Flame Flower – abstract

5 03 2010

It has been a while since my last post and even though it may seem that I didn’t take any photos lately, I did. I did but I couldn’t force myself to process them and share them with you. I took couple of photos of tulip and hyacinths but perhaps nothing spectacular.

A week ago my wife got an interesting potted flower to her birthday, Bromelia Vriesea, which looks like this.  This oddly looking flower has habitat in rain forests of South America and lives on trunk of forest trees. When it is to bloom a thick stem raise from its centre. The top part of the stem broadens to a base for blossoms. This part has vivid red and yellow colours and it can bear tens of tiny blossoms. This part has a tree-like structure and every blossom-base part overlaps the upper one a bit. This blossoms structure looks like flames to me so I call it a “Flame Flower”.

I was captivated by the repetitive shapes and colours and I thought it might be a good subject for some abstract photography. I took the flower to the window which caused that the strong midday sun shone through the blossoms part, making the colours even more vivid. I knew I wanted to go really close but first I took some shots from bigger distance, let say around 30 cm.

~ Natural Mirroring ~
1/8 sec. @ 100 mm, f/10, ISO 100

Then I got even closer, intrigued by the range of colours going from deep red near centre of the stem, changing to bright red some 1-2 cm from the verge and then rapidly changing into bright yellow on the verge of the blossom-base part. As I was really close now, I had to take 3 photos and stack them to get sufficient sharpness and details.

~ Fish Scales ~
1/6 sec. @ 100 mm, f/16, ISO 100, 3 stacked images

This really looks like flames but it also reminds me a petrified fish. I like the square format above but I tried also to cut the darkest part off and the result is following.

This was a refreshing session after couple of months of shooting orchids and other potted flowers. I realized that I like this kind of abstract images much more.

Hope you like it.
Enjoy the slowly coming Spring!

Technical information: all photos were taken using Canon EOS 450D camera and Canon EF 100mm f/2,8 USM macro lens upon a Manfrotto tripod in natural conditions.




11 responses

7 03 2010
Barbara Kile

Flowers can make great abstract photography. Lovely colors. The images look like flames! 🙂

7 03 2010
Tomas Turecek

Thanks, Barbara. Some abstract photographers use mineral slabs, experiments with drops of water and other liquids droping into another liquid etc. but I think that flowers can also provide great subjects for abstract photography. Even though it may be harder to found suitable flower.

7 03 2010
Jules K

Beautiful work here, Thomas! All three are interesting alone but would also make a lovely tryptic.

7 03 2010
Tomas Turecek

Thanks, Jules! Like to see you here again.

8 03 2010
Anita Bower

Excellent! Gorgeous colors and composition. I like them all! Glad you are back posting. I wonder how the top image would look turned to a vertical position?

A couple of questions: When stacking photos, what software do you use? To get these images, did you add macro filter or did you crop? Or, maybe something else. I don’t think I can get that close with my 105mm macro.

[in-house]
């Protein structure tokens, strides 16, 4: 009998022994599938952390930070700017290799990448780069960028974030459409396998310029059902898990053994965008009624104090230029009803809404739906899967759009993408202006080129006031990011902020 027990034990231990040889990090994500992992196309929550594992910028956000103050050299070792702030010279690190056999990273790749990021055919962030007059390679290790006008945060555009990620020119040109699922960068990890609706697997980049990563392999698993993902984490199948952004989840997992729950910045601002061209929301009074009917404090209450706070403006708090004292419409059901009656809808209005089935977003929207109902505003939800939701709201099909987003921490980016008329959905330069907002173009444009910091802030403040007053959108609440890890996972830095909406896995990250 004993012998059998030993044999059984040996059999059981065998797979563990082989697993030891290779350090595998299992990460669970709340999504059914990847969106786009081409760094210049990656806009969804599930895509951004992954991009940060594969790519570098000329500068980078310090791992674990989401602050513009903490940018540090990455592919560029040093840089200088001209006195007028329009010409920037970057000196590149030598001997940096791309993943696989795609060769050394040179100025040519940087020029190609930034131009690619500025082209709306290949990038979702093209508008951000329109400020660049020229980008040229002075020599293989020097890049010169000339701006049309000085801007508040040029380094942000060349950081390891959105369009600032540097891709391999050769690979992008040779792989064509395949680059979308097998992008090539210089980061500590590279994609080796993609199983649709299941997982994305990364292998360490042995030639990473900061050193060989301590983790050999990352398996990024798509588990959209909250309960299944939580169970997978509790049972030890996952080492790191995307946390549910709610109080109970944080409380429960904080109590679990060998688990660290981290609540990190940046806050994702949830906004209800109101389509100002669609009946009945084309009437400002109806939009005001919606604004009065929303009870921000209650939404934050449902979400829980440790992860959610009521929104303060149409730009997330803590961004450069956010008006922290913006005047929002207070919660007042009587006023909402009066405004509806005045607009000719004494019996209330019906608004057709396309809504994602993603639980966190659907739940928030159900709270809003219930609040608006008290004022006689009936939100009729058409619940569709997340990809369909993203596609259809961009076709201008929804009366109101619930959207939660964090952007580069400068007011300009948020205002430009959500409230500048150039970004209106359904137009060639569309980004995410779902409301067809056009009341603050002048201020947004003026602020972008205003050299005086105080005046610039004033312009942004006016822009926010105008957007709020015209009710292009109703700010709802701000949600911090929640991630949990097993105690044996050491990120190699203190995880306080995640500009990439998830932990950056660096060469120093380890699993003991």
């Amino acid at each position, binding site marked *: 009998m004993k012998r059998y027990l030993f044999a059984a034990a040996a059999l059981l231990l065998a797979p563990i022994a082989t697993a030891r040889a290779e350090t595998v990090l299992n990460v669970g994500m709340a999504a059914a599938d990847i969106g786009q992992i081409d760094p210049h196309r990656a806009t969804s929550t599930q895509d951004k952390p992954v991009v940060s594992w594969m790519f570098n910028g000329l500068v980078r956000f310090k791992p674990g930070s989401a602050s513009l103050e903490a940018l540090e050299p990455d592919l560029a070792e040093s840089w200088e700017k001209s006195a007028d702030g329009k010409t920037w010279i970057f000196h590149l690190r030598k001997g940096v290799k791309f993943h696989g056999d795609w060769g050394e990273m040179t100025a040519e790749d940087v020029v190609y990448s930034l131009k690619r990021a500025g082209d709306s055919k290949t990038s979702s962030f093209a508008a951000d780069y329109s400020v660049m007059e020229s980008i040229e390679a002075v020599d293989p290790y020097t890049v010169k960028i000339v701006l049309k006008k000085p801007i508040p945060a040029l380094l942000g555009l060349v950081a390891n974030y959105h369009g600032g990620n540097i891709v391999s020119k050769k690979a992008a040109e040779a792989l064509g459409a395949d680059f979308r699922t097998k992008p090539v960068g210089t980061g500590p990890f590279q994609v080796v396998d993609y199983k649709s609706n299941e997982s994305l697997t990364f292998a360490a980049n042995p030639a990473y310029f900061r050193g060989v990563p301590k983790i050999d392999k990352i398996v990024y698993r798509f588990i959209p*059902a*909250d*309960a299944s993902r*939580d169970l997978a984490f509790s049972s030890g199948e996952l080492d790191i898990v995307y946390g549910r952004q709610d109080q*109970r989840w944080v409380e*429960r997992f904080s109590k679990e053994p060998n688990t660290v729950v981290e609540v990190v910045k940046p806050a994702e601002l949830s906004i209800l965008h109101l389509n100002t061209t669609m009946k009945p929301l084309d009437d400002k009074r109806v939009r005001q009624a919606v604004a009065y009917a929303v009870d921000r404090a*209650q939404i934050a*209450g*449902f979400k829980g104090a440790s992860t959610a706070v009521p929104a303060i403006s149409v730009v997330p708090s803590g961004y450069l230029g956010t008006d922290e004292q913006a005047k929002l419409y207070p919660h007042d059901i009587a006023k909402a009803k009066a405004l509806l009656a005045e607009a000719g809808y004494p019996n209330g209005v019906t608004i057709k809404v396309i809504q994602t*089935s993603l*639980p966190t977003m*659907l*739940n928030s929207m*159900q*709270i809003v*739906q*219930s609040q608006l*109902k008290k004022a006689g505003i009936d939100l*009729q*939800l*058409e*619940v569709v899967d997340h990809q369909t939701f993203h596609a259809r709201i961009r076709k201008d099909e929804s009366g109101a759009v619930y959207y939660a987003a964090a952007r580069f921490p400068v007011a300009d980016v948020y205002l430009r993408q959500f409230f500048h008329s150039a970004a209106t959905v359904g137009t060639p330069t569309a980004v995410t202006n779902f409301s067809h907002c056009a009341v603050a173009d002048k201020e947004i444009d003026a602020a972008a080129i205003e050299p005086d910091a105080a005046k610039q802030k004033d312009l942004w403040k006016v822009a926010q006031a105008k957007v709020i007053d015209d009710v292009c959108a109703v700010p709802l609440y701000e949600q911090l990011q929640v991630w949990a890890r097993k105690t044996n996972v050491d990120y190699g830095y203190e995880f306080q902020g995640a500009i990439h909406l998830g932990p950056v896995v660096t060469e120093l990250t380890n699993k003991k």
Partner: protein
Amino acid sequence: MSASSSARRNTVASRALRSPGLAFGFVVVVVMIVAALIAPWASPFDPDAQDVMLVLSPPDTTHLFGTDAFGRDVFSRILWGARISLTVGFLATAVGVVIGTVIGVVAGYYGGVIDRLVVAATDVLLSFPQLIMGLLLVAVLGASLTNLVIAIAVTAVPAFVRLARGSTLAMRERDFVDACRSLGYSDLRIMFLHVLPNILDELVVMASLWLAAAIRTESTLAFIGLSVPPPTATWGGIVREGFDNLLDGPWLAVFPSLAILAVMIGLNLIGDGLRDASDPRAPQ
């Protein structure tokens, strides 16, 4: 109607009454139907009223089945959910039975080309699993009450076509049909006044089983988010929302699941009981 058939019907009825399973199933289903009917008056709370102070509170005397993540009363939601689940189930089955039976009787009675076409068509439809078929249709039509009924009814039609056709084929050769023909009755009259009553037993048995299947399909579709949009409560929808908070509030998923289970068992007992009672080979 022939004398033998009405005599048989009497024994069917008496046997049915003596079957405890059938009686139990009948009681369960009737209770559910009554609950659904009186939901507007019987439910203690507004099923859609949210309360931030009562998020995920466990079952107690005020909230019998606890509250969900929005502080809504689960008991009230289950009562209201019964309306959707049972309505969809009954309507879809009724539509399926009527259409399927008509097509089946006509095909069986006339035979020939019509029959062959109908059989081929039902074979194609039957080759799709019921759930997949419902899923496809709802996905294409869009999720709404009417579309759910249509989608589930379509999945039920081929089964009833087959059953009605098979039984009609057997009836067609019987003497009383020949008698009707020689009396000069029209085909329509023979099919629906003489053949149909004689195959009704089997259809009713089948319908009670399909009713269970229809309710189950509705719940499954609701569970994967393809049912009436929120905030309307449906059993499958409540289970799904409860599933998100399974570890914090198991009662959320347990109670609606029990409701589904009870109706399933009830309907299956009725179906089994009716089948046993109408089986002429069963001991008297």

Thanks for sharing. Great to see you posting again.

8 03 2010
Tomas Turecek

Thanks Anita for your words of appreciation 🙂 If you’re interested how the first image would look like turned, you can download the image and try for yourself or I can do it and post it for you. Are you thinking of turning it 90 degrees clock-wise or contra-clock-wise? The flower part captured on the first photo was naturally rotated 90 degrees clock-wise but I think that presented as here it has stronger impact on viewer.

To give you some answers: I use Photoshop CS4 and it’s “load photos into stack and align them” feature and then I manually erase those parts of each layer I don’t need. It takes some time but it’s not a problem at all after some practising. Here I had only 3 images; when I stacked 6 of them it was a bit more time consuming. I like that I have full control of the process.
Regarding the crop, my camera has a crop factor of 1.6x and I have 100mm lens so the effective focal length is 160mm and thus I can theoretically take a picture of rectangle with dimensions 22.2 x 14.8mm using 1:1 focusing. I looked up tech. specs for your camera and you will have crop factor around 1.5 or so and with 105mm lens you should be able to get very similar results to mine. It may not seems so but the blossom part of the flower is quite big. In the first photo I used magnification around 1:2, maybe even 1:3, no crop. The second photo was taken on magnification ratio near to 1:1 and cropped from left and right side to get the square format, so you can see something like 15x15mm of the flower on the photo. The third photo was cropped from the second one from the top. I used unusual format 5:7 to eliminate the bottom dark red part which may not be so interesting and to equalize the red and yellow a bit more.

Did I answered your questions?

11 03 2010
Anita Bower

thanks for answering my questions. i thought of rotating 1st image clockwise. i will try the stacking, which i think i can do manually with ps7. i currently have a broken right wrist, so can’t do much of anything, except type with my left hand.

11 03 2010
Tomas Turecek

You are welcome, Anita. I’m sorry to hear about your wrist and hope it will be all right soon.

17 03 2010
Bob Towery

Fantastic abstracts, and hearing how you have done them is quite interesting. Great work Tomas!

17 03 2010
Tomas Turecek

Thank you, Bob. I appreciate it!

2 01 2011
2010 recapitulation « Close Nature

[…] You can see this photo together with some other in this original post. […]

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